Northern Ireland reacts to death of Baroness Thatcher
Politicians in Northern Ireland have been giving their reaction to the death to the former Prime Minister Baroness Thatcher.
Lady Thatcher, who was Conservative prime minister from 1979 to 1990, was the first woman to hold the role.
Northern Ireland First Minister Peter Robinson said she was "one of the greatest political figures of post-war Britain".
Many others also paid tribute but some described Lady Thatcher as divisive.
Mr Robinson said he had learned of the 87-year-old's death "with great sadness".
The DUP leader described Lady Thatcher as a "transformative and powerful" and said she had "changed the face of our United Kingdom forever".
"As our first female prime minister, she made history and as 'The Iron Lady' she was at the frontline of winning The Cold War as well as ensuring the freedom of the Falklands Islands.
"Whilst we disagreed over the Anglo-Irish Agreement, Mrs Thatcher was committed to the union and later described the Anglo-Irish Agreement as one of her greatest regrets."
Mr Robinson said the passing of Baroness Thatcher "draws to an end a remarkable life devoted to the service of the United Kingdom".
"She was one of a kind: tough, possessed of a supreme intellect and driven by conviction," he added.
Northern Ireland Secretary of State Theresa Villiers said Lady Thatcher was "one of our greatest Prime Ministers".
"I appreciate that in Northern Ireland there will be mixed views about her legacy here," she added.
"Yet in all that she did, Lady Thatcher acted out of duty, conviction and patriotism.
"Above all, during the height of the troubles in Northern Ireland, she remained steadfast in her determination that democracy and the rule of law would always prevail."
The Shadow Secretary of State for Northern Ireland, Vernon Coaker, sent his condolences on the death of Lady Thatcher.
The Labour MP said: "Her tenure as prime minister divided opinion in Northern Ireland as elsewhere in the UK.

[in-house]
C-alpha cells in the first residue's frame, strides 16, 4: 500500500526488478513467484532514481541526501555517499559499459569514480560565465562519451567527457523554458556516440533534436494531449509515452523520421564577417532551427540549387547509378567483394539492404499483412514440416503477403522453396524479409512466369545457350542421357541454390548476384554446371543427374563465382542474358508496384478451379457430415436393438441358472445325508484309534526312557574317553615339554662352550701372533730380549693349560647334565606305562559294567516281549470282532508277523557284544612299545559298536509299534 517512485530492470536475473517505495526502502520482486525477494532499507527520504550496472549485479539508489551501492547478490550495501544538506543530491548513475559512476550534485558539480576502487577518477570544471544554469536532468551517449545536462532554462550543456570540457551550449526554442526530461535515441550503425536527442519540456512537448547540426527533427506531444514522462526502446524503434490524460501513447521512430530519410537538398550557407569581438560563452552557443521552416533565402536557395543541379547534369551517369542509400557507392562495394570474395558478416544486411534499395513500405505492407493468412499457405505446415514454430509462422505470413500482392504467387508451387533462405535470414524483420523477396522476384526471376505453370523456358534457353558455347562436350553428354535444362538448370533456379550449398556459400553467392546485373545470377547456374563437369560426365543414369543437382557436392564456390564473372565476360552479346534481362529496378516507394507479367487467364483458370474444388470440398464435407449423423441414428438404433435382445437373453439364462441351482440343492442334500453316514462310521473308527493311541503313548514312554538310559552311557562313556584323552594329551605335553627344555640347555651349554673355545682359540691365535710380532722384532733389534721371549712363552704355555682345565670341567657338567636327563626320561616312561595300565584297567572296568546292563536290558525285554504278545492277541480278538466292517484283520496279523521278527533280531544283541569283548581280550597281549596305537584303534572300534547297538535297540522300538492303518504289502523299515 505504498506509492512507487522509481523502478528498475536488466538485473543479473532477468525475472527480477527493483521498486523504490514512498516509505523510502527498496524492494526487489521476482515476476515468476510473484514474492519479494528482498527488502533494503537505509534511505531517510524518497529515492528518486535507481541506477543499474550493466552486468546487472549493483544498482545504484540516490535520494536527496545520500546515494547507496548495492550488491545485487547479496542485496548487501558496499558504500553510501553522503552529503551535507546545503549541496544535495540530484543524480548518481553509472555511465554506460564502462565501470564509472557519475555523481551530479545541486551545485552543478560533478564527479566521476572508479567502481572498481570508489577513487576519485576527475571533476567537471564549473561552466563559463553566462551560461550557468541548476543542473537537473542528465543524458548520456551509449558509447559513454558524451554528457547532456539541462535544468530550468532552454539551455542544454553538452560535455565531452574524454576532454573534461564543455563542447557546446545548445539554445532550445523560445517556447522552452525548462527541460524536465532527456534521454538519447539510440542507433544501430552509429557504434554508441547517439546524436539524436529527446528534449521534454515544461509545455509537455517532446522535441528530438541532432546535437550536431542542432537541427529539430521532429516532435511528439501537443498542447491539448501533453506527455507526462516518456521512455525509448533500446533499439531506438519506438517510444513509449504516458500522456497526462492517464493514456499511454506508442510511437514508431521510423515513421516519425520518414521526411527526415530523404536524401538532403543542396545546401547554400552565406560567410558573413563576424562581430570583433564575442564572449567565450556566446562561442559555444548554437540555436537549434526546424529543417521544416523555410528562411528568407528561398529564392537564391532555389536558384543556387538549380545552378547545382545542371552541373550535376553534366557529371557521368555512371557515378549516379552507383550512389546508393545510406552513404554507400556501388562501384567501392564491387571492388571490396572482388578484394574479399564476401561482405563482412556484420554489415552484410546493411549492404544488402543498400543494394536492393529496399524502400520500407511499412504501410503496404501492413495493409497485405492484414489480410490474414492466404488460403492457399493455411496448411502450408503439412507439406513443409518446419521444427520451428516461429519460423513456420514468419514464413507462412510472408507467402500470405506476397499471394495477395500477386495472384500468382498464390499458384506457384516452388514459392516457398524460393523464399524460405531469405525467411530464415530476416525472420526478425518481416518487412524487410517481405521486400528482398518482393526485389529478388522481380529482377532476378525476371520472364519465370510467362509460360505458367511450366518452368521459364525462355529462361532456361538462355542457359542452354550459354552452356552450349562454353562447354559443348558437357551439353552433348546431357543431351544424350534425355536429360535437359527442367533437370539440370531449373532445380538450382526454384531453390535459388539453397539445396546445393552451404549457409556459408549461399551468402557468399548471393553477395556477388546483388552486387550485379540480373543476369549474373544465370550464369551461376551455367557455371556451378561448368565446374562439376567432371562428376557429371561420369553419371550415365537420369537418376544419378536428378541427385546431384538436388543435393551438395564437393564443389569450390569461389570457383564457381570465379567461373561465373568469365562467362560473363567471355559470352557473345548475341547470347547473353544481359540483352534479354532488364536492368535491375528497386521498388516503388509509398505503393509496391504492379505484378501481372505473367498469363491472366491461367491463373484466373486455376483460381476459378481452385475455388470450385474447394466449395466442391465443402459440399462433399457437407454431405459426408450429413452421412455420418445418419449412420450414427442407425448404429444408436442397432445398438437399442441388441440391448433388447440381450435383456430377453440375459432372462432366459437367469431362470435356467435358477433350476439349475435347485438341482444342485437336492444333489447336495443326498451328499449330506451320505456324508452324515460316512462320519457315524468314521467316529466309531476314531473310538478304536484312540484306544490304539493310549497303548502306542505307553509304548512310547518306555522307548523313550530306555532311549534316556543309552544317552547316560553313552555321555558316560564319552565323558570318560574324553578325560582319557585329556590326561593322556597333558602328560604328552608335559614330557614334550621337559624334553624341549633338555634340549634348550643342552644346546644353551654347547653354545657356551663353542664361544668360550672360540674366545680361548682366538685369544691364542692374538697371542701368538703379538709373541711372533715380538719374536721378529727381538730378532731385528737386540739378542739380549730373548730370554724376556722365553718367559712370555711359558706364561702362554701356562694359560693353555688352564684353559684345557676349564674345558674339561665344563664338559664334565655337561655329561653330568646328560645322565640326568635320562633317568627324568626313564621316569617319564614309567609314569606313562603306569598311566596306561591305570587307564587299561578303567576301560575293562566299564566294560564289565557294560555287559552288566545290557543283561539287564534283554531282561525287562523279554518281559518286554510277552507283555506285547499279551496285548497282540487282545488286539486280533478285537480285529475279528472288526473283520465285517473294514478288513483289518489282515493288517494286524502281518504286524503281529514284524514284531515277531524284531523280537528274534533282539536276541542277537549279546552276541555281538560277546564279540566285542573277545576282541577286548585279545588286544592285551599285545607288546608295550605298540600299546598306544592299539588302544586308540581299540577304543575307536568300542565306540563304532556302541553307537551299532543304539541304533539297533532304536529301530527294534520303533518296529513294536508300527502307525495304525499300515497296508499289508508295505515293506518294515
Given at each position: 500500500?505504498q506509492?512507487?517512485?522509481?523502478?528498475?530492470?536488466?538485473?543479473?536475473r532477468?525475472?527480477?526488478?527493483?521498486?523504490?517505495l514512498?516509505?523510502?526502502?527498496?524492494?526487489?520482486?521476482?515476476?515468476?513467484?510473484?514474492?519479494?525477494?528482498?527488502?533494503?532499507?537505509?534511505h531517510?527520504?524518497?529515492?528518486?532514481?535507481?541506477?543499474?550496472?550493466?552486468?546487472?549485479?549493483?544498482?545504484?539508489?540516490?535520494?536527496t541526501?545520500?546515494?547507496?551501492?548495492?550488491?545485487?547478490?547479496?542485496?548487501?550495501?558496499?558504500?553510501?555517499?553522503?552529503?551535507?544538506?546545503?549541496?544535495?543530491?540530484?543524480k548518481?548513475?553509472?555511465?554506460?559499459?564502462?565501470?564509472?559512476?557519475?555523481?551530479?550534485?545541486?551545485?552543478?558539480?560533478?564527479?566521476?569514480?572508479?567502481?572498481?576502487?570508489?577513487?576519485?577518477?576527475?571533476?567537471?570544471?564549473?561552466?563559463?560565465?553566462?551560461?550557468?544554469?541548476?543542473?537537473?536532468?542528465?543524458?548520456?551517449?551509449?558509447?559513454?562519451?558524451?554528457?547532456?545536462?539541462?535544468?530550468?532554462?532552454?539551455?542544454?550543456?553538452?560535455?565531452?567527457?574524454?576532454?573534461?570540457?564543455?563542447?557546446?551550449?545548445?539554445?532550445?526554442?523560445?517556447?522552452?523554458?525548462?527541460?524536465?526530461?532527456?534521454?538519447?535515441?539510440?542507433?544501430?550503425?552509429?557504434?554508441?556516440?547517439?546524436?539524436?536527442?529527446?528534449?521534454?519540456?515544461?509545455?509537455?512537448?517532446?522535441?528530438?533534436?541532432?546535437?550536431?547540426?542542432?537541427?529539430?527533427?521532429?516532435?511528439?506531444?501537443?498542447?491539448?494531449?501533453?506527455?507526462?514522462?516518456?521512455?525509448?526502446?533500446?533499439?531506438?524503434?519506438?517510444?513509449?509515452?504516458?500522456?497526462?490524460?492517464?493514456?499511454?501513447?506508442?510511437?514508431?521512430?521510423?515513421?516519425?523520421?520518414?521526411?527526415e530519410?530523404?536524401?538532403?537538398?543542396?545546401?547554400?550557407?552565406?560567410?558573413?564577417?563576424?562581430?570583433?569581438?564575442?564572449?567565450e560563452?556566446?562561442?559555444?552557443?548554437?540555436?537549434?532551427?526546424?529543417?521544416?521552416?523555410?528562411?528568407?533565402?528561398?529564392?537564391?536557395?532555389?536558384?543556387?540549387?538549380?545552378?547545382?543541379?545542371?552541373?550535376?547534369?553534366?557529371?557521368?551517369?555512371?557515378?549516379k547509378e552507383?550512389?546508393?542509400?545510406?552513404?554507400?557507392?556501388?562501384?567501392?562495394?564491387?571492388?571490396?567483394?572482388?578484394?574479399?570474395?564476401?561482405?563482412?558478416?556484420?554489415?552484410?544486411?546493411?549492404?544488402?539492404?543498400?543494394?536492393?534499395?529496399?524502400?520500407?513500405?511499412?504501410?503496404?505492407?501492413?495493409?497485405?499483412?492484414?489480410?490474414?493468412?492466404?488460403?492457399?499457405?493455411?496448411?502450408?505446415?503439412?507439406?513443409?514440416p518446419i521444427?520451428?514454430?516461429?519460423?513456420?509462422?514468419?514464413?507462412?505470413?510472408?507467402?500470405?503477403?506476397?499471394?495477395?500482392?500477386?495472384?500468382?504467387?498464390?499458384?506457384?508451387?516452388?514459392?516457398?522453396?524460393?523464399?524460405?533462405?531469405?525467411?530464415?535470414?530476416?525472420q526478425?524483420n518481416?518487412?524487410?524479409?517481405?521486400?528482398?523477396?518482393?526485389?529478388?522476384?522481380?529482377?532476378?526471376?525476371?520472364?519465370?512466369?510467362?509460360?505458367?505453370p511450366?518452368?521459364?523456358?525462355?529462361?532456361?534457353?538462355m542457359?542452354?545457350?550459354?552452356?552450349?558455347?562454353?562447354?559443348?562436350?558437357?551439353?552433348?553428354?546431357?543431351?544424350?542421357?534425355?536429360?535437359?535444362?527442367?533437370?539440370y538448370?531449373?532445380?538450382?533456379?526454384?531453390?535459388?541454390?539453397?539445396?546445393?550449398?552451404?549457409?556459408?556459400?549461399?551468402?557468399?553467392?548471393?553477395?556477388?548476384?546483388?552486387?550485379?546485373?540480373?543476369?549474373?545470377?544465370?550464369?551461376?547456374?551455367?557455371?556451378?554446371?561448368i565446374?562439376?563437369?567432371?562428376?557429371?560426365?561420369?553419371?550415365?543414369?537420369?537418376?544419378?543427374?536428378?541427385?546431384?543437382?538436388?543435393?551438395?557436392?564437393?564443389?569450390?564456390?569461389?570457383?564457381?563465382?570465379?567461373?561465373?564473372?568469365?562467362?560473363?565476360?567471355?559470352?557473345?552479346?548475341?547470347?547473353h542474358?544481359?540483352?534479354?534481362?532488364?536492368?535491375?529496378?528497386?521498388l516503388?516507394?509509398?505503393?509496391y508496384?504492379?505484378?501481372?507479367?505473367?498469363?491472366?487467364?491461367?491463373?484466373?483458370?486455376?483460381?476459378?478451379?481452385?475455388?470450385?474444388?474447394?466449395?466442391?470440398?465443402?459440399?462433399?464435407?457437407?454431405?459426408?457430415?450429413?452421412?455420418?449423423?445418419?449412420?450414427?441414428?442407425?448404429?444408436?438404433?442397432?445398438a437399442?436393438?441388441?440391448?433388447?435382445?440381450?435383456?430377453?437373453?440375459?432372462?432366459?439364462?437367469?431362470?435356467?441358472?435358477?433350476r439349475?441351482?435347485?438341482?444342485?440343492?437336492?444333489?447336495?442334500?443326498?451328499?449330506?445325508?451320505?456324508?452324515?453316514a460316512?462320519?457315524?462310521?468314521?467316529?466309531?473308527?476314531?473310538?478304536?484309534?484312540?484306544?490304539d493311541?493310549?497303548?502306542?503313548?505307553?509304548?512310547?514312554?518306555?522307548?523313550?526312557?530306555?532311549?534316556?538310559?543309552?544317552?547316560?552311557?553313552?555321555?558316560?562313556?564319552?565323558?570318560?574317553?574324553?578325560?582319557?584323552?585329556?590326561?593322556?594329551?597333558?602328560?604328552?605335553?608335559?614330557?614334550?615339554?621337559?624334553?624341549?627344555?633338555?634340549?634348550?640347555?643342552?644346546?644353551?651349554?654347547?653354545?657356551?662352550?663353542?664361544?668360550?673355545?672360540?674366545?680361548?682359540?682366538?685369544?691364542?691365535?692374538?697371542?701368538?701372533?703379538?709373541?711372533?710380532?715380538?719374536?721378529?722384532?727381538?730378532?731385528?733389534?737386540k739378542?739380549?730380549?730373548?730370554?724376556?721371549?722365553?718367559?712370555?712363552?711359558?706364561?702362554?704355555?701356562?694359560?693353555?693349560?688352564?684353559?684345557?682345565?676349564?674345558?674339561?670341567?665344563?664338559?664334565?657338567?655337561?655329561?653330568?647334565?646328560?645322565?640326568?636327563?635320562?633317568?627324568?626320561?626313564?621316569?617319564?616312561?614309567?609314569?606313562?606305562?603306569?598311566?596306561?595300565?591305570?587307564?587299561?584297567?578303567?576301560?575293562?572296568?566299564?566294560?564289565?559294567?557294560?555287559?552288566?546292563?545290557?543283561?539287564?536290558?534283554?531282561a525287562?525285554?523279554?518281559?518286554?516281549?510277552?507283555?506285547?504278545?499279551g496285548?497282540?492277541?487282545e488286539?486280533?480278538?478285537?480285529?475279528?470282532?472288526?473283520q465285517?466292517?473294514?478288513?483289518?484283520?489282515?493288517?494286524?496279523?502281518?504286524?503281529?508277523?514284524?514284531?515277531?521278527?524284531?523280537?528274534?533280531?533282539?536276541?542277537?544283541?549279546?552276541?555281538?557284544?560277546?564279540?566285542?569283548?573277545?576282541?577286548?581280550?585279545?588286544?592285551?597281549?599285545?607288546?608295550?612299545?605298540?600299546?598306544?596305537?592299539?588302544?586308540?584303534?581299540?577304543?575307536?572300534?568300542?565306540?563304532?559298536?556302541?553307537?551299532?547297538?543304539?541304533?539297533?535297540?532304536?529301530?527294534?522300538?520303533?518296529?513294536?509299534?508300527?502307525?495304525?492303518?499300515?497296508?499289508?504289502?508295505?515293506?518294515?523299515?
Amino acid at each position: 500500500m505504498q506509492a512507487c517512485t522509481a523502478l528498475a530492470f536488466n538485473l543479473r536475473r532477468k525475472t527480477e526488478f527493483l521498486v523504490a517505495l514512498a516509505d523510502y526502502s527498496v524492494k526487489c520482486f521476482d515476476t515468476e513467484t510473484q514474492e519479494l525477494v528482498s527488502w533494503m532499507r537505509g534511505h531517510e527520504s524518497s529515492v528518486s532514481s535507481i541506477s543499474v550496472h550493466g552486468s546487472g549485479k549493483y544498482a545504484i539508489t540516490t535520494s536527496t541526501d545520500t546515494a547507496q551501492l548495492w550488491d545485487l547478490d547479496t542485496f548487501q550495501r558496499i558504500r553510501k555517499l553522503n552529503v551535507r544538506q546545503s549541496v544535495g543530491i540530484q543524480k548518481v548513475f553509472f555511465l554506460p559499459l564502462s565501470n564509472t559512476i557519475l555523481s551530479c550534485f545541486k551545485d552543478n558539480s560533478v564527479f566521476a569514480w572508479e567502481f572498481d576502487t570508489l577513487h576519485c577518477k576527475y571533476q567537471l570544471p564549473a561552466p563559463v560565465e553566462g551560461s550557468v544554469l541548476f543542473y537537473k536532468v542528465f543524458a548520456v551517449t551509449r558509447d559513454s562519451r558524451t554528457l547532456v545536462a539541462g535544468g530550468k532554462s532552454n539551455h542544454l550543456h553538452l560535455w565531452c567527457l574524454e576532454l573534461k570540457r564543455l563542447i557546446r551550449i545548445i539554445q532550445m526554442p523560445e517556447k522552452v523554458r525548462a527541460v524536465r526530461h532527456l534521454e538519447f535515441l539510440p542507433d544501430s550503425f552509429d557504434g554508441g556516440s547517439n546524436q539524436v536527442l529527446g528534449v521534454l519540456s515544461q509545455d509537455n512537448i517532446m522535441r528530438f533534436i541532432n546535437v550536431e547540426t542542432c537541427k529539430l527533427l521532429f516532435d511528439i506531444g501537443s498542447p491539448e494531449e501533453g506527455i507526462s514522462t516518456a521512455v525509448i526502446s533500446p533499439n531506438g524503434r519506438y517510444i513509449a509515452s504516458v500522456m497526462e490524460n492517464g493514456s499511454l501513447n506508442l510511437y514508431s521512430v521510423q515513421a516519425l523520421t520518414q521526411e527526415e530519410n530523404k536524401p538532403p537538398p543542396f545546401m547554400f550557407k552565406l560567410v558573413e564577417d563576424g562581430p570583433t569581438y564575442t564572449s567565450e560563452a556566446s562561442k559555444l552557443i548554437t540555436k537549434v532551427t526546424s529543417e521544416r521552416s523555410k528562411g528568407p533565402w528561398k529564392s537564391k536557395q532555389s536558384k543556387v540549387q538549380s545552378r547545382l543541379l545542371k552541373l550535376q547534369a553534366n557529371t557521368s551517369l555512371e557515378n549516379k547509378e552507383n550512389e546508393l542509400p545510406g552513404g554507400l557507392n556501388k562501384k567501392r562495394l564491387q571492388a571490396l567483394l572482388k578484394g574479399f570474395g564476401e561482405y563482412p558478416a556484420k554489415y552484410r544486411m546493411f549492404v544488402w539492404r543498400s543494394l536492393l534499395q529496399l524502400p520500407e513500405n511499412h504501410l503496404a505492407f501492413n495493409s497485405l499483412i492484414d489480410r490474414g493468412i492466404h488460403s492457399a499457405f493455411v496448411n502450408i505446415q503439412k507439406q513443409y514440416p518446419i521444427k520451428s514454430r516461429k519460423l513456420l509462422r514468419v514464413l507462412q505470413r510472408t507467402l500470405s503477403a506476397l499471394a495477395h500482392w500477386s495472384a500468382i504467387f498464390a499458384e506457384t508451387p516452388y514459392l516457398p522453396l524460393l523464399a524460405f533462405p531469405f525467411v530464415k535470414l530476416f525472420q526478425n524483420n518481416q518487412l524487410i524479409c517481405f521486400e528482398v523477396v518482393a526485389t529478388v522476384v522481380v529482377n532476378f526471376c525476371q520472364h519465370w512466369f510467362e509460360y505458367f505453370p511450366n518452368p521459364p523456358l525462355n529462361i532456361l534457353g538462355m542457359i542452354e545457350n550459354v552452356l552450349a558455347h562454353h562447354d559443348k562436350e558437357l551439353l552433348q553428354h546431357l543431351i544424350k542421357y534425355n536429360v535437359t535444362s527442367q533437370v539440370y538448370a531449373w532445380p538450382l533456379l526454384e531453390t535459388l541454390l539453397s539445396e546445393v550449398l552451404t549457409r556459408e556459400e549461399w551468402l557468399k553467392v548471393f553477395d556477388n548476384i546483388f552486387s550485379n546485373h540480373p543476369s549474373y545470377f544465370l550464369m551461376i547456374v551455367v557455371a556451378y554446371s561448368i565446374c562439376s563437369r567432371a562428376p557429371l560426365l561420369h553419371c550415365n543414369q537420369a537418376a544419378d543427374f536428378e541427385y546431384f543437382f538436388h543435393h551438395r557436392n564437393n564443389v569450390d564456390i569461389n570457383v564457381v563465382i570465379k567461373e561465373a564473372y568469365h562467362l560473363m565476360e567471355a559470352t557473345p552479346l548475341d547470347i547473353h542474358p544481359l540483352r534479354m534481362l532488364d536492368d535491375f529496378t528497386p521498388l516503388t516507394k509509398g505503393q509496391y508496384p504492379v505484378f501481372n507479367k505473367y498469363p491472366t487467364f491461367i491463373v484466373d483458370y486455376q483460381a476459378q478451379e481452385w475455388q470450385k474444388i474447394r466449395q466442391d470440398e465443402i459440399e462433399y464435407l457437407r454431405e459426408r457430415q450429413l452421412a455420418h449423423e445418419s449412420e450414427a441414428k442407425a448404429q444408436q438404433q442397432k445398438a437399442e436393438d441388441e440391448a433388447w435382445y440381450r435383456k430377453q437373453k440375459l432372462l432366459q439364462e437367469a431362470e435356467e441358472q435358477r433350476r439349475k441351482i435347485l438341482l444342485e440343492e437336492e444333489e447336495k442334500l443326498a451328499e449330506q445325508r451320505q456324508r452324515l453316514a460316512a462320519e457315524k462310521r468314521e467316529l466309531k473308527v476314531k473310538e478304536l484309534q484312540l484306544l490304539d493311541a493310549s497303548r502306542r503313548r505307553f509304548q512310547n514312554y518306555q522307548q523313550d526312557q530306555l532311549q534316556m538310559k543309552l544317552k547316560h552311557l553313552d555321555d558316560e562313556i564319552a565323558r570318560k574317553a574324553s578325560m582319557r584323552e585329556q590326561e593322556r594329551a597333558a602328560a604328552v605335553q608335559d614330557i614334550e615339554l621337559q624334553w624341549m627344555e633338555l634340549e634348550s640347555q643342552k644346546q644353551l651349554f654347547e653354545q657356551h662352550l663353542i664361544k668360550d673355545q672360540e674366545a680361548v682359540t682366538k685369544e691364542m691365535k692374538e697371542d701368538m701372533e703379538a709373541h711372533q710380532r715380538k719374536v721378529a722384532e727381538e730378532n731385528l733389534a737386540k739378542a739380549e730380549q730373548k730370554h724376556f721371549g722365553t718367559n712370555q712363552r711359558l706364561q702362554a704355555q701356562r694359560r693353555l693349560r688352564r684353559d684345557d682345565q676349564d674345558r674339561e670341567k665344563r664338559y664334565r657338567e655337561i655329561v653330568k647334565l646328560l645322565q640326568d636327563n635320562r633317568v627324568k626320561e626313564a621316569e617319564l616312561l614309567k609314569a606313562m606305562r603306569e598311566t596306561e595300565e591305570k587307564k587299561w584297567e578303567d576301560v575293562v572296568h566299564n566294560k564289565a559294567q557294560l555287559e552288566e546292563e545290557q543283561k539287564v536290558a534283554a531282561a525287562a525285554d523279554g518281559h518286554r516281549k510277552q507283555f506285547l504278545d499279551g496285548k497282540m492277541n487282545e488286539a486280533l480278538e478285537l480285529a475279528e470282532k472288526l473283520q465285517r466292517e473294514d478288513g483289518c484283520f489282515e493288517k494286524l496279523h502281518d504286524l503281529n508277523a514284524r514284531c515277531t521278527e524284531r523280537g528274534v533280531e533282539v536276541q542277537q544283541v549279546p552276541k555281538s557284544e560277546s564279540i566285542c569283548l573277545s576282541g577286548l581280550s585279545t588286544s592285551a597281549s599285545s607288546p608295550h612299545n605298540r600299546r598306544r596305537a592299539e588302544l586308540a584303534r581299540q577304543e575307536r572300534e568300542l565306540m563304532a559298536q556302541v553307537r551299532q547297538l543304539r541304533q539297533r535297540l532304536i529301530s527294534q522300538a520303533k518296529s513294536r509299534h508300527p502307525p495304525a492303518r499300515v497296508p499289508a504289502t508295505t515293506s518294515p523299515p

"But the Anglo-Irish Agreement she signed with Taoiseach Garret FitzGerald was a historic moment in relations between the UK and Ireland, and helped lay the foundations of the peace process which followed in later years."
The SDLP MP Mark Durkan said Baroness Thatcher had made a "controversial impact" on political life and "divided opinion".
Sinn Fein President Gerry Adams said she had caused "great hurt to the Irish and British people" during her time as Prime Minister.
"Working class communities were devastated in Britain because of her policies," he said.
However, Ulster Unionist Party leader Mike Nesbitt said Baroness Thatcher was "a colossus of conviction politics".
"Whilst we in the Ulster Unionist Party would not have agreed with her on everything, particularly the Anglo-Irish Agreement, Northern Ireland has reason to be eternally grateful for her stance against terrorism, not least during the hunger-strikes when Northern Ireland was on the edge of something catastrophic," he added.
David Ford, the leader of the Alliance Party, described her as a "dominant force in politics" who knew what she wanted.
TUV leader Jim Allister said many would remember Lady Thatcher's "shameful decision" to support the Anglo-Irish Agreement, but added that "the extent to which she regretted this in later life was to be welcomed".
He said the flag at the Northern Ireland Assembly building should be flown at half-mast on the day of her funeral and books of condolence opened "across Northern Ireland".